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6 Lady Bosses You Must Know

Celebrating the 100th anniversary of women’s suffrage, it is important now more than ever for women to fight to resist oppression and the patriarchy. Throughout time, women in all different parts of the world have risen up to fight for their rights. Even in times when it seems as if gender inequality is becoming less of an issue, patriarchal traditions are still more present than ever. Times are harder than ever now with the pandemic being in an election year, and virtual classes hurting the learning experience for college students. Now is the time to look to some powerful women and be inspired by their lives and legacies. Here are 6 powerful American Lady Bosses everyone should know.

Susan B. Anthony

You definitely have heard of this feminist queen! Born into a Quaker family in 1820, Susan B. Anthony played a critical role in the women’s suffrage movement. She served as President of the Women’s Suffrage Association, an organization that helped pave the way for the 19th Amendment.

Alice Paul

A New Jersey native born in 1855, Paul is best known for her work in the women’s suffrage movement. In 1913, she, along with a group of feminist activists, organized a women’s suffrage parade that distracted from President Wilson’s inauguration. Her actions contributed to the passing of the 19th Amendment.


At only 16, Sacagwea accompanied Lewis and Clark on their expedition through the Louisiana territory. She acted as an interpreter and helped them to travel thousands of miles through Missouri and the Pacific Northwest.

Ida B. Wells

Wells was a journalist who led an anti-lynching crusade during the 19th century. She was especially known for fighting for civil and women’s rights. Later on in her life, she continued to fight for African-American rights and justice.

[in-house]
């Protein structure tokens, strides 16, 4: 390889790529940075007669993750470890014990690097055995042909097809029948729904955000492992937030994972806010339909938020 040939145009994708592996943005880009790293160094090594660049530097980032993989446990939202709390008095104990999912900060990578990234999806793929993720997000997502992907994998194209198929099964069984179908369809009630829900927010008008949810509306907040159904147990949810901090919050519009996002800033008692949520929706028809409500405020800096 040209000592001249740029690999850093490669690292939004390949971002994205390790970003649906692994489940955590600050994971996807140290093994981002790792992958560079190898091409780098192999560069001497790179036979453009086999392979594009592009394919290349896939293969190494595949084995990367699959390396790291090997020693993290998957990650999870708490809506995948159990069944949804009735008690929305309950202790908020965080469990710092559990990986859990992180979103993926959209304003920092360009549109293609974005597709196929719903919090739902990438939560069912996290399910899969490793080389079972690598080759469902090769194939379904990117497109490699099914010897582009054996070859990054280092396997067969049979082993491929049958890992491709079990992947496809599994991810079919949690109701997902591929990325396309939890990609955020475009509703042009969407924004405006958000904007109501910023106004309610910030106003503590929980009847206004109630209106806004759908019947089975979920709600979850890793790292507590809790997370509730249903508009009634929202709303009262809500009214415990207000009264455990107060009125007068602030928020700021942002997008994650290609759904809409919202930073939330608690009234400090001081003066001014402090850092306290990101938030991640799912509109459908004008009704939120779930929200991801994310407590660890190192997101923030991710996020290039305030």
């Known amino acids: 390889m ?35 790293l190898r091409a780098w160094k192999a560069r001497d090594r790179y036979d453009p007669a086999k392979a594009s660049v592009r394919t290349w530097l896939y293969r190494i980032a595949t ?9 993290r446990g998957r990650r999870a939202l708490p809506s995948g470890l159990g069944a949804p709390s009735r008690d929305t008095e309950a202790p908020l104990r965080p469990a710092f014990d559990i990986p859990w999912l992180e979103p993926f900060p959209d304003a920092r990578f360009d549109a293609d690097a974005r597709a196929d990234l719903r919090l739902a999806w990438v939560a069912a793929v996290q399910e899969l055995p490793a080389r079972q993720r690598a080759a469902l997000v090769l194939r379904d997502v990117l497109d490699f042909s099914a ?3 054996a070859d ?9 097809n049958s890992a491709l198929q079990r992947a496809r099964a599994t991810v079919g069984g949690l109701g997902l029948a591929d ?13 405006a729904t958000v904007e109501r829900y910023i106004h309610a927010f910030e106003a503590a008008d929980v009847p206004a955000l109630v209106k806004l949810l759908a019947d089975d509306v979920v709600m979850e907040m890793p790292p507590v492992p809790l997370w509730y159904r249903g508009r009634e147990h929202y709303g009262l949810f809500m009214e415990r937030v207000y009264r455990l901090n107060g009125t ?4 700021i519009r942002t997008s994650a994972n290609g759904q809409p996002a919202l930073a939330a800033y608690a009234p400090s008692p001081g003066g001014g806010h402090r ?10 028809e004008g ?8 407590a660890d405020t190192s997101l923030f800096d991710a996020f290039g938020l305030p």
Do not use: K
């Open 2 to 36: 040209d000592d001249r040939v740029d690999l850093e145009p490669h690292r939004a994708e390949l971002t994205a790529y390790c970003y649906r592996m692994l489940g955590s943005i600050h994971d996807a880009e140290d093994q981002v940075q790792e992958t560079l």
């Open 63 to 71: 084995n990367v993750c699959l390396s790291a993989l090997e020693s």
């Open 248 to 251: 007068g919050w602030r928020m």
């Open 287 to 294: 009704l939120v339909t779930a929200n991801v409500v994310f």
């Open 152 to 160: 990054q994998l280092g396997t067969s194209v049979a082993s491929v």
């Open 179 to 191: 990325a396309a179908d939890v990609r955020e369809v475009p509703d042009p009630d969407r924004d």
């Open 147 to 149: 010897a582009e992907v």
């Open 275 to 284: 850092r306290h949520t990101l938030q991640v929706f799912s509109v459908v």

Harriet Tubman

Tubman was a former slave who successfully escaped from her masters and went on to pioneer the Underground Railroad. She was known to have made 13 missions through the slave states in the 19th century and rescued 70 enslaved people. In her missions, she was never caught and never left anyone behind.  She was a hero to the enslaved and played a pivotal role in abolishing slavery.

Ruth Bader Ginsburg

Ginsburg was an associate justice of the Supreme Court of the United States. She was the second female justice in all of American history to serve on the Supreme Court. Early on in her career, she taught at Rutgers Law, where she proposed a course in gender discrimination law. Her role as a justice gave her a platform to help advocate for equality for all in America.

With everything that is going on in the world today, it is more important than ever for women to stick together and stay strong. For more information on some amazing women in history, some podcasts that I’ve enjoyed during quarantine are The Exploress, Whatshername, and Harlots of History.

Julia Fuchs

Rutgers '22

Julia is a senior at Rutgers School of Arts and Sciences. Academically, she is interested in Egyptian archaeology and art history. Outside of classes Julia loves fashion, coffee, art, music and is a dedicated feminist! Her Campus is a way for her to combine all of her interests in a journalistic setting, and an organization she loves being a part of!
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